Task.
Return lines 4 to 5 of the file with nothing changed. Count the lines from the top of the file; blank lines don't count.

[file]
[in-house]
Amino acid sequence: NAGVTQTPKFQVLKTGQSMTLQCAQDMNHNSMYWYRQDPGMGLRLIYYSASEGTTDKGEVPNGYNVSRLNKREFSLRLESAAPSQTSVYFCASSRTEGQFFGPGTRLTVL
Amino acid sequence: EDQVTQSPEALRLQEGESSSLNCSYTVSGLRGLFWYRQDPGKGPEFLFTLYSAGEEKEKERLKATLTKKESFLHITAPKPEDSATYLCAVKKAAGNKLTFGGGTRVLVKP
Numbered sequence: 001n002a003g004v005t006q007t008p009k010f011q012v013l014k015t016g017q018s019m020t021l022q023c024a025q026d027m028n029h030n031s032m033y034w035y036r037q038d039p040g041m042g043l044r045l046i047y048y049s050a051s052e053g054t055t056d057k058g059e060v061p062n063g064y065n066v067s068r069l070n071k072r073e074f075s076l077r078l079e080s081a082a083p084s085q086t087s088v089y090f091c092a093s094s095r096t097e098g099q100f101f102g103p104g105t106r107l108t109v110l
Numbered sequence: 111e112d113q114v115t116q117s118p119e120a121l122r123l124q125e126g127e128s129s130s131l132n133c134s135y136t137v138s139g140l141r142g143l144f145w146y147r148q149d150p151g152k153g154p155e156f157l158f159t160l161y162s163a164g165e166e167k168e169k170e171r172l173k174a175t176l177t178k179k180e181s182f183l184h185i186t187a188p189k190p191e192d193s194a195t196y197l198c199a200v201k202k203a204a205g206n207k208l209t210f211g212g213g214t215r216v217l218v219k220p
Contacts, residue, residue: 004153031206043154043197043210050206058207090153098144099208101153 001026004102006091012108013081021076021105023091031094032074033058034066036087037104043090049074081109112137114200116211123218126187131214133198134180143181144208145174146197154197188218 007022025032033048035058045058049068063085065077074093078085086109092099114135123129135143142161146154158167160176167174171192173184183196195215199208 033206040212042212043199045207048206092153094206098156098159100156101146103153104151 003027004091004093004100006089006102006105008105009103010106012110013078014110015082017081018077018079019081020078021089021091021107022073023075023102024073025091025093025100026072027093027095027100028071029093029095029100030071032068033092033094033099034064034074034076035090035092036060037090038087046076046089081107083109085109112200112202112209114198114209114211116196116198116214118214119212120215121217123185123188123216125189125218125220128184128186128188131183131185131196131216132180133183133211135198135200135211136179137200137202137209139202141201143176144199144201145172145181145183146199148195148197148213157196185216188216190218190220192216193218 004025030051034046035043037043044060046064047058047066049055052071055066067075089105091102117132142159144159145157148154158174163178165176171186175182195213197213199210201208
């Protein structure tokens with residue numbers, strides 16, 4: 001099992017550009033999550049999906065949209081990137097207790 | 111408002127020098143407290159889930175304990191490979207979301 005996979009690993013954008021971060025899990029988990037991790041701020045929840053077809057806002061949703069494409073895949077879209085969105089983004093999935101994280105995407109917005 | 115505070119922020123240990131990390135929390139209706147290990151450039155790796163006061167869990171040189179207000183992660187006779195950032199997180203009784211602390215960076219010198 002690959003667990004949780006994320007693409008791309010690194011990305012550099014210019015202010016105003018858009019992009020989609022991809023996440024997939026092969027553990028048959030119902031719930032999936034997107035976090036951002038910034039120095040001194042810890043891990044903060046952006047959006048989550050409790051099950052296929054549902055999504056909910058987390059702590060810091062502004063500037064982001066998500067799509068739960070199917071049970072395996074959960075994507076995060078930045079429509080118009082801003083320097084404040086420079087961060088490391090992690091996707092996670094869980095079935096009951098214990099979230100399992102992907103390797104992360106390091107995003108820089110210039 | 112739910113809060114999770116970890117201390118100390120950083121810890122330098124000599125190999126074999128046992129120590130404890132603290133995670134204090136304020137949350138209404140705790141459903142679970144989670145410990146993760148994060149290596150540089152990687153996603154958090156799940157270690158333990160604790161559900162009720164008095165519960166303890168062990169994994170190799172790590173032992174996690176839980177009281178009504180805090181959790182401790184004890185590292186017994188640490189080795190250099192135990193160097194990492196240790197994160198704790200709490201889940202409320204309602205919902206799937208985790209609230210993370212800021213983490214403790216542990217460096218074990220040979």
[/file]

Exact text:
Numbered sequence: 001n002a003g004v005t006q007t008p009k010f011q012v013l014k015t016g017q018s019m020t021l022q023c024a025q026d027m028n029h030n031s032m033y034w035y036r037q038d039p040g041m042g043l044r045l046i047y048y049s050a051s052e053g054t055t056d057k058g059e060v061p062n063g064y065n066v067s068r069l070n071k072r073e074f075s076l077r078l079e080s081a082a083p084s085q086t087s088v089y090f091c092a093s094s095r096t097e098g099q100f101f102g103p104g105t106r107l108t109v110l
Numbered sequence: 111e112d113q114v115t116q117s118p119e120a121l122r123l124q125e126g127e128s129s130s131l132n133c134s135y136t137v138s139g140l141r142g143l144f145w146y147r148q149d150p151g152k153g154p155e156f157l158f159t160l161y162s163a164g165e166e167k168e169k170e171r172l173k174a175t176l177t178k179k180e181s182f183l184h185i186t187a188p189k190p191e192d193s194a195t196y197l198c199a200v201k202k203a204a205g206n207k208l209t210f211g212g213g214t215r216v217l218v219k220p